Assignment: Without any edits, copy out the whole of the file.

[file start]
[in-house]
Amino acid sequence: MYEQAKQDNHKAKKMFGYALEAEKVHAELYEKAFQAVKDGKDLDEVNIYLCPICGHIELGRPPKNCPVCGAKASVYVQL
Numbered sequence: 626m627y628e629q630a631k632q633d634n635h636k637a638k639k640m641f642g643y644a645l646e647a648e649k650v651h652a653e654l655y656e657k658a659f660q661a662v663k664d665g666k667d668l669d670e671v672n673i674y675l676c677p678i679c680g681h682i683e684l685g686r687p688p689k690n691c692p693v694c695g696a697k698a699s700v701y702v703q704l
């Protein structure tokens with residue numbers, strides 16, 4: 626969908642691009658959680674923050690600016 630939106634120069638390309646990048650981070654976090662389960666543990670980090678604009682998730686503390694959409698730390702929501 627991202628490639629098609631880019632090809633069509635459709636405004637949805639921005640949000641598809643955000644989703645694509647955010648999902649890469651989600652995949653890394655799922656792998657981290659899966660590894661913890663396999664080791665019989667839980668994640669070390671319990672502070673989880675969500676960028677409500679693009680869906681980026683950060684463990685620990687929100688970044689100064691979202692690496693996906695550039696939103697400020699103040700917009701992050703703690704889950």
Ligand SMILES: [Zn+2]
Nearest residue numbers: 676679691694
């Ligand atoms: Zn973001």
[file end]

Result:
[in-house]
Amino acid sequence: MYEQAKQDNHKAKKMFGYALEAEKVHAELYEKAFQAVKDGKDLDEVNIYLCPICGHIELGRPPKNCPVCGAKASVYVQL
Numbered sequence: 626m627y628e629q630a631k632q633d634n635h636k637a638k639k640m641f642g643y644a645l646e647a648e649k650v651h652a653e654l655y656e657k658a659f660q661a662v663k664d665g666k667d668l669d670e671v672n673i674y675l676c677p678i679c680g681h682i683e684l685g686r687p688p689k690n691c692p693v694c695g696a697k698a699s700v701y702v703q704l
């Protein structure tokens with residue numbers, strides 16, 4: 626969908642691009658959680674923050690600016 630939106634120069638390309646990048650981070654976090662389960666543990670980090678604009682998730686503390694959409698730390702929501 627991202628490639629098609631880019632090809633069509635459709636405004637949805639921005640949000641598809643955000644989703645694509647955010648999902649890469651989600652995949653890394655799922656792998657981290659899966660590894661913890663396999664080791665019989667839980668994640669070390671319990672502070673989880675969500676960028677409500679693009680869906681980026683950060684463990685620990687929100688970044689100064691979202692690496693996906695550039696939103697400020699103040700917009701992050703703690704889950």
Ligand SMILES: [Zn+2]
Nearest residue numbers: 676679691694
């Ligand atoms: Zn973001």